committed to historic Baptist & Reformed beliefs

 

 

James Meriles Simms was born into slavery in Savannah, Georgia in 1823. Simms was a carpenter by trade, and using money he earned from additional work, he was able to buy his freedom in 1857 for $740.

Simms was baptized into the First African Baptist Church of Savannah in 1841. Shortly after he was baptized, he was expelled from the church for lack of humility. He did not return to the church until 1858.

In 1864, Simms moved to Boston, MA, where he was ordained a minister (his ordination was not recognized by the Baptist church in Georgia). In 1865, Simms returned home to Georgia, where he worked for the Freedmen's Bureau and was a Union League organizer. Simms was one of the 916 black ministers to sign a petition protesting poor treatment of blacks in the Union Army, and he was an ardent supporter of voting rights for blacks.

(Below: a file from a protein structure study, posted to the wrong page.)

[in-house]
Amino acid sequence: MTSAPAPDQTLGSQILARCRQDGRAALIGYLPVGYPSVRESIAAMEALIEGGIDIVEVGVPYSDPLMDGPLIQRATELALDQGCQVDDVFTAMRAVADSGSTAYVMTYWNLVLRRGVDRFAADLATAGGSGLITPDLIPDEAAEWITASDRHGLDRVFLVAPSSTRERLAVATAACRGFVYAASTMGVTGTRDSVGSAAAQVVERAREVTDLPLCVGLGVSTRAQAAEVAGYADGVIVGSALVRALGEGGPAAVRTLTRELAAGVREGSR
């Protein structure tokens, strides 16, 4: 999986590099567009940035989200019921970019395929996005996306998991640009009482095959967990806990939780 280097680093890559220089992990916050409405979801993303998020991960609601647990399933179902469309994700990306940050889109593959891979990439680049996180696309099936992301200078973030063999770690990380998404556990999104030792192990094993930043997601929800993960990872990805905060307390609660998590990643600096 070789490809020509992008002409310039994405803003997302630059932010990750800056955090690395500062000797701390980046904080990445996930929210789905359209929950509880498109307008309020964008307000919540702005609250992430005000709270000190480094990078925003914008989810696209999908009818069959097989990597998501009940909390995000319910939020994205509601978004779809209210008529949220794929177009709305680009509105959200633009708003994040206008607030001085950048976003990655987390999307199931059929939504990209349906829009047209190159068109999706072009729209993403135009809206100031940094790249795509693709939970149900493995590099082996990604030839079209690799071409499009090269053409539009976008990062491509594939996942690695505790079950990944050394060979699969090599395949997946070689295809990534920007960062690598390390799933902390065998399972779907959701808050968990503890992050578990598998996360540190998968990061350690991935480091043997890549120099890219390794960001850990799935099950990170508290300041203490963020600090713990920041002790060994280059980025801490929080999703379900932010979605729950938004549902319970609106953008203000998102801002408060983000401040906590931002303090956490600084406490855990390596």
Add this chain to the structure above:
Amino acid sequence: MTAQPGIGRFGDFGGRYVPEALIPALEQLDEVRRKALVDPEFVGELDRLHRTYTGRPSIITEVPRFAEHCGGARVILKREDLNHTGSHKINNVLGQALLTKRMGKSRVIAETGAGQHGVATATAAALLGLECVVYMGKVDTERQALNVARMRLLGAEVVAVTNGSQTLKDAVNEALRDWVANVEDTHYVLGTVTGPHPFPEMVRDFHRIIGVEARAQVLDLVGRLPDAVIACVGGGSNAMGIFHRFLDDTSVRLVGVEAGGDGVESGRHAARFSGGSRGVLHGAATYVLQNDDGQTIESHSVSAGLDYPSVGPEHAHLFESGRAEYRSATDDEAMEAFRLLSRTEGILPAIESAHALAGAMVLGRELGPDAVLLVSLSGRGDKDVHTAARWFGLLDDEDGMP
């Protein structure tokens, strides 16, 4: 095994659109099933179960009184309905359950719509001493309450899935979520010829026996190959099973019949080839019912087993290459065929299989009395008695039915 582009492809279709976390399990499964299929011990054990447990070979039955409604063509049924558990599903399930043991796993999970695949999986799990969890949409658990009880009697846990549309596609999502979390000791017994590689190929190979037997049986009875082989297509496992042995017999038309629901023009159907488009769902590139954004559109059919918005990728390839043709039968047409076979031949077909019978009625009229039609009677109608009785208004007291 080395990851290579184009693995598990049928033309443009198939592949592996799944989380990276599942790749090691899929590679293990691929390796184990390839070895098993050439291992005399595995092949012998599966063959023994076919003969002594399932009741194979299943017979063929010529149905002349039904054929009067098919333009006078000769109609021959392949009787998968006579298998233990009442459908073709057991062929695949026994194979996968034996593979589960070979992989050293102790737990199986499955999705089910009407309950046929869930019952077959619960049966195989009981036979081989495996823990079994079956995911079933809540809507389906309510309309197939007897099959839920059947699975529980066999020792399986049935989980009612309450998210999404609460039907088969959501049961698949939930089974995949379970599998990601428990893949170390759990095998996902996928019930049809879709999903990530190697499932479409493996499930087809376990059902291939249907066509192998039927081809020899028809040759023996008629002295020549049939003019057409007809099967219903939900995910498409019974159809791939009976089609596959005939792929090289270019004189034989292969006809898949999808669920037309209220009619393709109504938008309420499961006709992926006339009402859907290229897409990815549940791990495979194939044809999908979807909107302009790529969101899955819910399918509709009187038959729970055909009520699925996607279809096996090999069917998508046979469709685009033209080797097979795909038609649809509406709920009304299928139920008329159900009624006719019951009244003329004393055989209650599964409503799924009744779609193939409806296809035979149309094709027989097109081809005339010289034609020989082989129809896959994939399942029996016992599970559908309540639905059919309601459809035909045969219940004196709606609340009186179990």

In 1867, Simms established the Southern Radical and Freedmen's Journal (renamed the Freemen's Standard in 1868). Simms was elected to the Georgia House of Representatives in 1868. Soon afterward, he and all other African-Americans elected to positions in the Georgia government were expelled, but were reinstated to their posts in 1870 by Congressional order. In 1888, Simms published The First Colored Baptist Church in North America, a history of the First African Baptist Church in Savannah, Georgia.

Karen Ruffle

University of North Carolina, Chapel Hill Library

 
 
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